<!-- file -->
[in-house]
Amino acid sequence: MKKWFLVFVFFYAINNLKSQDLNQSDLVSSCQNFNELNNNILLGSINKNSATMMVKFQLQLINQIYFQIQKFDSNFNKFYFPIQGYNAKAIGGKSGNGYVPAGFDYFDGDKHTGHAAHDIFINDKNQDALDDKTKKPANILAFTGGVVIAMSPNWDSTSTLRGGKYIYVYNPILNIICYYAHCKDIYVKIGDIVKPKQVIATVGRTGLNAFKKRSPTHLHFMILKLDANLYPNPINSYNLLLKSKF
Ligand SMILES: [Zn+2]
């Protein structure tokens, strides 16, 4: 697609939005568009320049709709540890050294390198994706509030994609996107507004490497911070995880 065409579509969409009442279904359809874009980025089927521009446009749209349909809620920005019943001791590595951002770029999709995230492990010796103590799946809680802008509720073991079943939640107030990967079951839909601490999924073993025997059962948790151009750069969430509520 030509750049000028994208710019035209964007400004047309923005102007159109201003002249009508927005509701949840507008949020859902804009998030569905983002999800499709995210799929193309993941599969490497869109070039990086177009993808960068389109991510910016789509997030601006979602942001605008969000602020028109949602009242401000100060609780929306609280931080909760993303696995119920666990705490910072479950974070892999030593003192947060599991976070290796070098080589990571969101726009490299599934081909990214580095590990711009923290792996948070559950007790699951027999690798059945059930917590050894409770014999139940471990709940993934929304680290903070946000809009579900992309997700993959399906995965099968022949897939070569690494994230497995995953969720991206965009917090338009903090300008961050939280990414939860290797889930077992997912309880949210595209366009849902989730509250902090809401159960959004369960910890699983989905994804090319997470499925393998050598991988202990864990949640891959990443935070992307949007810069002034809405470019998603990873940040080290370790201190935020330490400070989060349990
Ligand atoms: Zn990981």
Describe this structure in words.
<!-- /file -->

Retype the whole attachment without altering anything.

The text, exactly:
[in-house]
Amino acid sequence: MKKWFLVFVFFYAINNLKSQDLNQSDLVSSCQNFNELNNNILLGSINKNSATMMVKFQLQLINQIYFQIQKFDSNFNKFYFPIQGYNAKAIGGKSGNGYVPAGFDYFDGDKHTGHAAHDIFINDKNQDALDDKTKKPANILAFTGGVVIAMSPNWDSTSTLRGGKYIYVYNPILNIICYYAHCKDIYVKIGDIVKPKQVIATVGRTGLNAFKKRSPTHLHFMILKLDANLYPNPINSYNLLLKSKF
Ligand SMILES: [Zn+2]
């Protein structure tokens, strides 16, 4: 697609939005568009320049709709540890050294390198994706509030994609996107507004490497911070995880 065409579509969409009442279904359809874009980025089927521009446009749209349909809620920005019943001791590595951002770029999709995230492990010796103590799946809680802008509720073991079943939640107030990967079951839909601490999924073993025997059962948790151009750069969430509520 030509750049000028994208710019035209964007400004047309923005102007159109201003002249009508927005509701949840507008949020859902804009998030569905983002999800499709995210799929193309993941599969490497869109070039990086177009993808960068389109991510910016789509997030601006979602942001605008969000602020028109949602009242401000100060609780929306609280931080909760993303696995119920666990705490910072479950974070892999030593003192947060599991976070290796070098080589990571969101726009490299599934081909990214580095590990711009923290792996948070559950007790699951027999690798059945059930917590050894409770014999139940471990709940993934929304680290903070946000809009579900992309997700993959399906995965099968022949897939070569690494994230497995995953969720991206965009917090338009903090300008961050939280990414939860290797889930077992997912309880949210595209366009849902989730509250902090809401159960959004369960910890699983989905994804090319997470499925393998050598991988202990864990949640891959990443935070992307949007810069002034809405470019998603990873940040080290370790201190935020330490400070989060349990
Ligand atoms: Zn990981």
Describe this structure in words.